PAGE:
It’s time to meet another alumna of the IMSE Molecular Science and Engineering MRes. This week, we speak to Jessica Govey-Scotland, who studied at IMSE in 2020-2021.
Jess’s career to date
Jess studied Chemistry at the University of Kent in Canterbury. After completing a computational research project in her final year, she developed an interest in molecular modelling and optimisation of processes. She joined the IMSE Molecular Science and Engineering MRes to develop this.
On the MRes in 2020-21, she developed in vitro dermal absorption methods for screening hazardous cosmetics. This work was supervised by Dr Mark Friddin and Dr Connor Myant, as a collaboration between the Dyson School of Design Engineering and the Office for Product Safety and Standards (OPSS), part of the Department for Business, Energy & Industrial Strategy. She won the IMSE Prize for Excellence in her year.
As part of the course, she did a 9-month placement at OPSS to complete her research project. Then she moved to the global consumer brands company Reckitt to work in their Global Safety Assurance department. She collects and calculates toxicological and safety data from chemical databases to assist in safety assessments and supports business compliance relating to the registration, evaluation, authorisation and restriction of chemicals (REACH).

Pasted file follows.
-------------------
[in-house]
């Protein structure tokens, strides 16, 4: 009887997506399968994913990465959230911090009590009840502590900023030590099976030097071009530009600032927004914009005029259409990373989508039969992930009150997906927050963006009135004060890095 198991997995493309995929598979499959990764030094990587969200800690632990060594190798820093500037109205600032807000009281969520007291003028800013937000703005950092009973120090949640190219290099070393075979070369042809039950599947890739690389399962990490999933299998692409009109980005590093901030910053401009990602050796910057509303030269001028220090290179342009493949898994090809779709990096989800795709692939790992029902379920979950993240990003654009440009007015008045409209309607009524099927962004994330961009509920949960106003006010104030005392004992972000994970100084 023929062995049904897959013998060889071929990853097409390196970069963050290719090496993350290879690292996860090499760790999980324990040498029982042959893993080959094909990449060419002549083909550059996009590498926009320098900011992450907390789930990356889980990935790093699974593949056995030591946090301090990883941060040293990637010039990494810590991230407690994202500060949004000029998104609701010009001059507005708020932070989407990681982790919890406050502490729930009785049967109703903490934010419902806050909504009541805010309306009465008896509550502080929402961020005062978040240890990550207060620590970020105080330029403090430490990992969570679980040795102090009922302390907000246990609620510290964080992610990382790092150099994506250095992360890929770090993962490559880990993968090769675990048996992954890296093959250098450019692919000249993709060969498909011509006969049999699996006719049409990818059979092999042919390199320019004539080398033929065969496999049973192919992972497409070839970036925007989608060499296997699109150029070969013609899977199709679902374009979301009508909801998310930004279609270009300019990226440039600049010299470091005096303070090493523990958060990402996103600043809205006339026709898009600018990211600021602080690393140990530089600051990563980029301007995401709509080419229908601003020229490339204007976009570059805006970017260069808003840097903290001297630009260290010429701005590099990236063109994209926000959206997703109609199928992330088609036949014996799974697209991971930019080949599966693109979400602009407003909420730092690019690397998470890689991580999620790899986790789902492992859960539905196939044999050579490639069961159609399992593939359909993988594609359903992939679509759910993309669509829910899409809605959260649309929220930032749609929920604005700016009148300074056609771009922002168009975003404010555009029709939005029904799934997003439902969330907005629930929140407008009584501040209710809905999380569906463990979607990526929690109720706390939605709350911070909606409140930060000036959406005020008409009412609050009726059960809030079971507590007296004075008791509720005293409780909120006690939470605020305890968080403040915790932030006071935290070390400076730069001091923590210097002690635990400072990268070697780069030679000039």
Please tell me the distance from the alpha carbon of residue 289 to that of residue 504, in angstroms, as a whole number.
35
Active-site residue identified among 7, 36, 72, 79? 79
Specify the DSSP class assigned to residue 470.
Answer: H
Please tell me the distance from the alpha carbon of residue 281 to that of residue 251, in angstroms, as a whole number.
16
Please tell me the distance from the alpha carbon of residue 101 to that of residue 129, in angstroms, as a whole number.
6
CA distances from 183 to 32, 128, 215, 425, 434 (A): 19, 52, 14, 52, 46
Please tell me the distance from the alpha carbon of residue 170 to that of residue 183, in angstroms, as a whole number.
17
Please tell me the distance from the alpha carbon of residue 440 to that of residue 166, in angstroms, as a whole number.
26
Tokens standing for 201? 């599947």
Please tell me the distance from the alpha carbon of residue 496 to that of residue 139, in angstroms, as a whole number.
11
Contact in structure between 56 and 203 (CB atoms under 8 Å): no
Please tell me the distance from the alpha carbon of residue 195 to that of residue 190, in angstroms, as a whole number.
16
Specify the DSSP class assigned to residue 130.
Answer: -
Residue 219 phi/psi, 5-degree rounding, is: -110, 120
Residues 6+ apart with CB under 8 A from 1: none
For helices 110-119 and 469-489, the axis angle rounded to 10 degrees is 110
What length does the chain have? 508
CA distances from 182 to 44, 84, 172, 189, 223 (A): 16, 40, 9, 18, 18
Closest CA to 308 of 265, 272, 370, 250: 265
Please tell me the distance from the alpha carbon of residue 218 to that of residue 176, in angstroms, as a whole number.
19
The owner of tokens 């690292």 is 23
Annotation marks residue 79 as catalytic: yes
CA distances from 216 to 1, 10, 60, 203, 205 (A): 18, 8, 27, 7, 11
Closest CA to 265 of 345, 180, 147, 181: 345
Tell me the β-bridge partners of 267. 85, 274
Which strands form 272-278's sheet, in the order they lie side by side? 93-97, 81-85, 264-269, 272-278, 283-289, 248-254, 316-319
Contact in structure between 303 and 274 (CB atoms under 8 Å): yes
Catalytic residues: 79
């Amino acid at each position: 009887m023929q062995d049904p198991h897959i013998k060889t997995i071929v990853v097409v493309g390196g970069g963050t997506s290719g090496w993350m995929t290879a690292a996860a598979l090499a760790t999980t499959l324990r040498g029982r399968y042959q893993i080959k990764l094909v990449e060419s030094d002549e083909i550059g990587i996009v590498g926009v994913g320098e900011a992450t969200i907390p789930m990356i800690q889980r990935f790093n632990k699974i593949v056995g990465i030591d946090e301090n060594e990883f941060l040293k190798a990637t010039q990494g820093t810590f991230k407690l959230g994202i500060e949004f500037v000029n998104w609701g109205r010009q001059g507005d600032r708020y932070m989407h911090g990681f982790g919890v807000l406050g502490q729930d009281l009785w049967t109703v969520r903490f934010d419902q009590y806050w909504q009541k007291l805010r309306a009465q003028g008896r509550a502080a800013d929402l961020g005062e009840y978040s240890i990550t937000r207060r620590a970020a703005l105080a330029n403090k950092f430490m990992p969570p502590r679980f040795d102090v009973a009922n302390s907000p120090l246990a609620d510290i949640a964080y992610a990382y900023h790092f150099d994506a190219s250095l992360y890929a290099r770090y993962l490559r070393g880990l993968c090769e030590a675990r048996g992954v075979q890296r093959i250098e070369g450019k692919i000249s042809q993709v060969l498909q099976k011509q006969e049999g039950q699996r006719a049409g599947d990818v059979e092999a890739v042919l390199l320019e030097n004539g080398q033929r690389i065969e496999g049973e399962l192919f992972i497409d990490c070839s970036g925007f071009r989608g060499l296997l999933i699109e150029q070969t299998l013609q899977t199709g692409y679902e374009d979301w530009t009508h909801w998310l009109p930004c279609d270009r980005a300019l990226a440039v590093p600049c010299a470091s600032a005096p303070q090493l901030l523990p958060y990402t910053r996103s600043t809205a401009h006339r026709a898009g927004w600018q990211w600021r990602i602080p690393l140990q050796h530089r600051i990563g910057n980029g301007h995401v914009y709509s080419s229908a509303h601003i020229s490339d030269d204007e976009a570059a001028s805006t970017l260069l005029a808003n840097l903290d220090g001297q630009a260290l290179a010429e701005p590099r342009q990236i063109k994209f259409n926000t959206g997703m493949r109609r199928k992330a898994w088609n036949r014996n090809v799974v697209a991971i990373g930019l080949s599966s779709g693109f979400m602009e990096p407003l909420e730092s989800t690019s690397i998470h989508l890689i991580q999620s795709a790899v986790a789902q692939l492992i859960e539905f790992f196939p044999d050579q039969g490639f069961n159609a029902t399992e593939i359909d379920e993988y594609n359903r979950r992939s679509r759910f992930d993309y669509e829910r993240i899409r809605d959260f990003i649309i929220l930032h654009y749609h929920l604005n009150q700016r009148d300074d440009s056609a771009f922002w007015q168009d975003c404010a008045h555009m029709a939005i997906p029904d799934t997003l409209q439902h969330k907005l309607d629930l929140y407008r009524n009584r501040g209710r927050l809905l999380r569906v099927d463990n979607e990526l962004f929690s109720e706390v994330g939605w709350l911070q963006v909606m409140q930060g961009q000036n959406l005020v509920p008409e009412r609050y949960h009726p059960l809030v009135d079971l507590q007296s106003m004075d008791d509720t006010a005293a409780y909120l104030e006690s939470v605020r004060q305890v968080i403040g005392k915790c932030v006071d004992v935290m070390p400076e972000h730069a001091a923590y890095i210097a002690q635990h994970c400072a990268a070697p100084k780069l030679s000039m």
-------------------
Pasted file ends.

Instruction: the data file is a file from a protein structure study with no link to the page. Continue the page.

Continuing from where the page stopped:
What’s your core scientific interest?
My core scientific interest is understanding the skin and various skin conditions. I explore how new approach methodologies (NAMs) could be applied to assess the effects of chemicals in products via dermal absorption.
How did the IMSE MRes prepare you for what you do now?
The IMSE MRes prepared me for my current role as it allowed me to work at the interface between science and regulation. The research project and industry placement were particularly valuable as I was introduced to regulatory toxicology. I was able to be creative and explore innovative ideas to current challenges with the development, validation, and application of NAMs within chemical risk assessments and the importance of harmonising scientific innovation and regulations.
What attracted you to this work?
The opportunity to develop my expertise in regulatory toxicology really attracted me to my current role as a REACH Safety Associate. This built on my research project during the IMSE course. Understanding REACH requirements and future opportunities to contribute to and advocate for regulatory changes, such as those relating to animal-free testing in chemical safety assessments, is particularly exciting.
What do you think the next generation of students need to know before they apply to the MRes?
The IMSE MRes is definitely challenging as it introduces many areas outside of your primary degree. However, the interdisciplinary approach that IMSE adopts is invaluable. I would definitely make the most of learning from course members.
This is IMSE making a difference
We are very proud of all our alumni and always very excited to find out what they go on to do in their careers. You could develop your career at IMSE – find out about our MRes here.
Read about more of our alumni here: